Estonia Officially Welcomes Its First E-Residents

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New scheme allows access to online services such as banking and healthcare, even if applicants aren’t Estonian citizens

Estonia has opened up its borders to anyone seeking a higher standard of online services with the official launch of the country’s ‘e-residency’ program.

Under the new initiative, anyone wishing to access services based in the country, such as online banking, education or healthcare, can now apply for an e-residency permit allowing them to do so, even if they are not a citizen.

The new residents will receive Smart ID cards embedded with a microchip containing security certificate to confirm their new identity. The approval process, which includes providing biometrical data (facial image and fingerprints) for background checks, will take around ten days, with the applicant needing to go to an Estonian Police and Border Guard Board service station to receive the card.

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The Baltic nation first announced the program in October as part of plans to attract foreign investors, foreign experts and diplomats.

However, the permit will not entail the holder full legal residency or citizenship or right of entry to Estonia, and users will need to enter a registered PIN in order to use the services, which can also be protected through two-factor authentication.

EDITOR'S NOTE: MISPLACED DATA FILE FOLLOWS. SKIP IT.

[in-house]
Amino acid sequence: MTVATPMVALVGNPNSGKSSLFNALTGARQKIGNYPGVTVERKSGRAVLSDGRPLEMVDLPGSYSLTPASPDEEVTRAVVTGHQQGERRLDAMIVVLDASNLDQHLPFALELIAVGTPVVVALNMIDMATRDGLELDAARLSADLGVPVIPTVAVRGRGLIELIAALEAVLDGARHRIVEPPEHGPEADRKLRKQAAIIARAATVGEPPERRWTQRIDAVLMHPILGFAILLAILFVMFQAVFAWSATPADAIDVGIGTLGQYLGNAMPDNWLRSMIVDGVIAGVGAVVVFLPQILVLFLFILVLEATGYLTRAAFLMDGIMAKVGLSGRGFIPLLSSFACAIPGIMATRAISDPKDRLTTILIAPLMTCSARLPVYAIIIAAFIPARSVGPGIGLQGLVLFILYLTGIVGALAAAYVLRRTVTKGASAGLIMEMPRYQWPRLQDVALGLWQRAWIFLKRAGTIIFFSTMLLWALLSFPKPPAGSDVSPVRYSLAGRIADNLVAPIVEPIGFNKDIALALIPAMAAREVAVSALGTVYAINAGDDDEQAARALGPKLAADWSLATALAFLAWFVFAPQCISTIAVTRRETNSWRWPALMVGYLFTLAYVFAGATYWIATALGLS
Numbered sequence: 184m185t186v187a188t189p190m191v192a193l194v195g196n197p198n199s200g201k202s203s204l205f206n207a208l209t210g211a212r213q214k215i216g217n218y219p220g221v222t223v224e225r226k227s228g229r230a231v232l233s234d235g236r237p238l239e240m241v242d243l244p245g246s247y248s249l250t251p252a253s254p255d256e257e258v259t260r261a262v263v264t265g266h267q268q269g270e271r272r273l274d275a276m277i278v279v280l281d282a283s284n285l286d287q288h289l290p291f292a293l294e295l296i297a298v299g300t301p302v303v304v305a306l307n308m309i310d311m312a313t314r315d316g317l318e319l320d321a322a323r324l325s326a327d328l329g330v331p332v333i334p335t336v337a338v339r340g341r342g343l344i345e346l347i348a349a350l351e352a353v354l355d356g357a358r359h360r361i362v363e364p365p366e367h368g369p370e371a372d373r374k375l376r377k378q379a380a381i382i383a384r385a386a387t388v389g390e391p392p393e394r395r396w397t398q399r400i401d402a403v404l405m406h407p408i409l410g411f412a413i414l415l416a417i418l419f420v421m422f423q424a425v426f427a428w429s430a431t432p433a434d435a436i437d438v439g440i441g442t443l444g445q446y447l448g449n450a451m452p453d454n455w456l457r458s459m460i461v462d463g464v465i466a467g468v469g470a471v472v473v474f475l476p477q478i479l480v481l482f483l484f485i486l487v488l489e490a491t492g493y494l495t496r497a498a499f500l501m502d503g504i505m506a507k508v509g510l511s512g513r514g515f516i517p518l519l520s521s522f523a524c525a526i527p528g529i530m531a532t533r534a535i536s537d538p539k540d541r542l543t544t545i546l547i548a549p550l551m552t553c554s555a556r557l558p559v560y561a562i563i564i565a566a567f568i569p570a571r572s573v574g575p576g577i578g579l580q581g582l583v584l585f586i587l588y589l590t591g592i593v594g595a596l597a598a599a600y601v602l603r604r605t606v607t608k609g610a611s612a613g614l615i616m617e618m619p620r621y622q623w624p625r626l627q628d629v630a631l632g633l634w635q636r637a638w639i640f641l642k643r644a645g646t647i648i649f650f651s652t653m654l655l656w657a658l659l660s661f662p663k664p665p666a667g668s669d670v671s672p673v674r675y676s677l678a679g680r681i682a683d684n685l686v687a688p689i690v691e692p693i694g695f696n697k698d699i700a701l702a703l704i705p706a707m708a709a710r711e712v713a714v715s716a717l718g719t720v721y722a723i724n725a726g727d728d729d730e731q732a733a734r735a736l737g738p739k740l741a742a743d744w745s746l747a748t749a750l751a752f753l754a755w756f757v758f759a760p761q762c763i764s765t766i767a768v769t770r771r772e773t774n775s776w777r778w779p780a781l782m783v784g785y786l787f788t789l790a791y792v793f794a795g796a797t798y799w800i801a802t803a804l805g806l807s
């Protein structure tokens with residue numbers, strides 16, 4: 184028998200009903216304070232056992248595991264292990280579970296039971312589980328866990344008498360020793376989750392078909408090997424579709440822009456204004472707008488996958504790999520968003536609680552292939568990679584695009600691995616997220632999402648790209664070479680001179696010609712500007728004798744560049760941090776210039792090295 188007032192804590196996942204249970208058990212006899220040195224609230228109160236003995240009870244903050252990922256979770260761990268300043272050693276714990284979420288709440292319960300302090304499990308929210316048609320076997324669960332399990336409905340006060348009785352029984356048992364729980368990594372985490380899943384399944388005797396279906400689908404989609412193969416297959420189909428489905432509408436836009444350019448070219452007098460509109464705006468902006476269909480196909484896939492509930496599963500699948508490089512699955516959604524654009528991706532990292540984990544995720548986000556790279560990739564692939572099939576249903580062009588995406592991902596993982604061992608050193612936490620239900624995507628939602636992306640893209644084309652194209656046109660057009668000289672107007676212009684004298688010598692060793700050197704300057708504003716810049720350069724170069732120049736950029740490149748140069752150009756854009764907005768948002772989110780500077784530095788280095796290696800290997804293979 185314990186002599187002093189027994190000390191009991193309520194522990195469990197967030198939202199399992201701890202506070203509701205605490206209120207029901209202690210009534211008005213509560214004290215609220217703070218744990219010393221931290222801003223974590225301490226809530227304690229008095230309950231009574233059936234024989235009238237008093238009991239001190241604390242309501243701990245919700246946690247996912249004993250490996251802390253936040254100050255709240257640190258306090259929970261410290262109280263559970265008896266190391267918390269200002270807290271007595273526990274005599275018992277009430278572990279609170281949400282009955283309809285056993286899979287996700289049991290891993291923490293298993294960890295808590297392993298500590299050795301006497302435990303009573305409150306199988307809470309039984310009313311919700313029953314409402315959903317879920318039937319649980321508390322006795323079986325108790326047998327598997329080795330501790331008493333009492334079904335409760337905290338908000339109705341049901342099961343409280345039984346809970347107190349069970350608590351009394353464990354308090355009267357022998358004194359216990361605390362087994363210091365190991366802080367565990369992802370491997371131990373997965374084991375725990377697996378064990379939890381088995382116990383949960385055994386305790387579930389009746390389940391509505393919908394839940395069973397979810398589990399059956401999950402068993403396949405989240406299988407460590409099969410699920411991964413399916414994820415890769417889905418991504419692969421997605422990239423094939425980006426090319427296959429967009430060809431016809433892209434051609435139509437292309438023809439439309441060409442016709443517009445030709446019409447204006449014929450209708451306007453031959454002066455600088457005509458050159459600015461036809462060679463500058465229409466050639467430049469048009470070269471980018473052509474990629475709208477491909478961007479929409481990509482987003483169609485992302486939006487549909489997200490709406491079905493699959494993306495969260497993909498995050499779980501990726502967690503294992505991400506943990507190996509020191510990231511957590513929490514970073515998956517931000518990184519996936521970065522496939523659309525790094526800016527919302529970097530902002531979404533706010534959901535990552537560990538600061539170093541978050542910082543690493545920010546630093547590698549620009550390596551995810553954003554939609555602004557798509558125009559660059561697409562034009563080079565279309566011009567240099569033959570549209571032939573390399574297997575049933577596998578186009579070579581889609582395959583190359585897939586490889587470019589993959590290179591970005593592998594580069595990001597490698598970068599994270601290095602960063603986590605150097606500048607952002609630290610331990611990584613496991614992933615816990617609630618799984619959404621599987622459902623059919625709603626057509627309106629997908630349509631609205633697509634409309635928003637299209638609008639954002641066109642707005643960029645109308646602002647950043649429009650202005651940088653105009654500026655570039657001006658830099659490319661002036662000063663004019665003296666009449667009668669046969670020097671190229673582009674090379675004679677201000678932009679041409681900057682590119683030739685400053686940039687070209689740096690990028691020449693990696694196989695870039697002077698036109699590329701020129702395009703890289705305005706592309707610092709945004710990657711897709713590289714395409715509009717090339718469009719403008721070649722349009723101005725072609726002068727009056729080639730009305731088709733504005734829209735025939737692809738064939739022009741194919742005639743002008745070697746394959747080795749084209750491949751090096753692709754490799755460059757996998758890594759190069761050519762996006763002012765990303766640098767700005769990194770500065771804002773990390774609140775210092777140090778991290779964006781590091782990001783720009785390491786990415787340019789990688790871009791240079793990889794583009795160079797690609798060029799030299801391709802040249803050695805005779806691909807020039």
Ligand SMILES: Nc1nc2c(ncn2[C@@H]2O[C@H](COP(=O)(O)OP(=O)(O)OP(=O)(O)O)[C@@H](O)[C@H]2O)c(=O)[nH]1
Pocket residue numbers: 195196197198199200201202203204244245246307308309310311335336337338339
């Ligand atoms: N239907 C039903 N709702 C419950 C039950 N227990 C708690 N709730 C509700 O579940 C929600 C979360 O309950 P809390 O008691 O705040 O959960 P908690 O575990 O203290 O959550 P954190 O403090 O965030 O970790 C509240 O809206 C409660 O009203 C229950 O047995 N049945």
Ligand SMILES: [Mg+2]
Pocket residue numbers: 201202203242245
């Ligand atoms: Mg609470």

“The adoption of non-resident ID cards is an additional argument in favour of investing in Estonia,” said Taavi Kotka, the deputy secretary general on ICT at the Estonian Ministry of Economic Affairs.

“Today, it is difficult for a foreign investor to actively participate in the executive management of a company. The non-resident ID card and digital signature would provide the necessary flexibility.”

“This means Estonia has the potential to be attractive to entrepreneurs who need an investment account and this would result in additional customers and capital for Estonian businesses.”

Estonia is well-known for being one of the most technologically advanced countries in the world right now, and is the home of several famous technology companies such as Skype and Kazaa. The country also produced one of the new heads of the European Commision’s Digital Agenda, with former Prime Minister Andrus Ansip announced alongside centre-right German politician Günther Oettinger.

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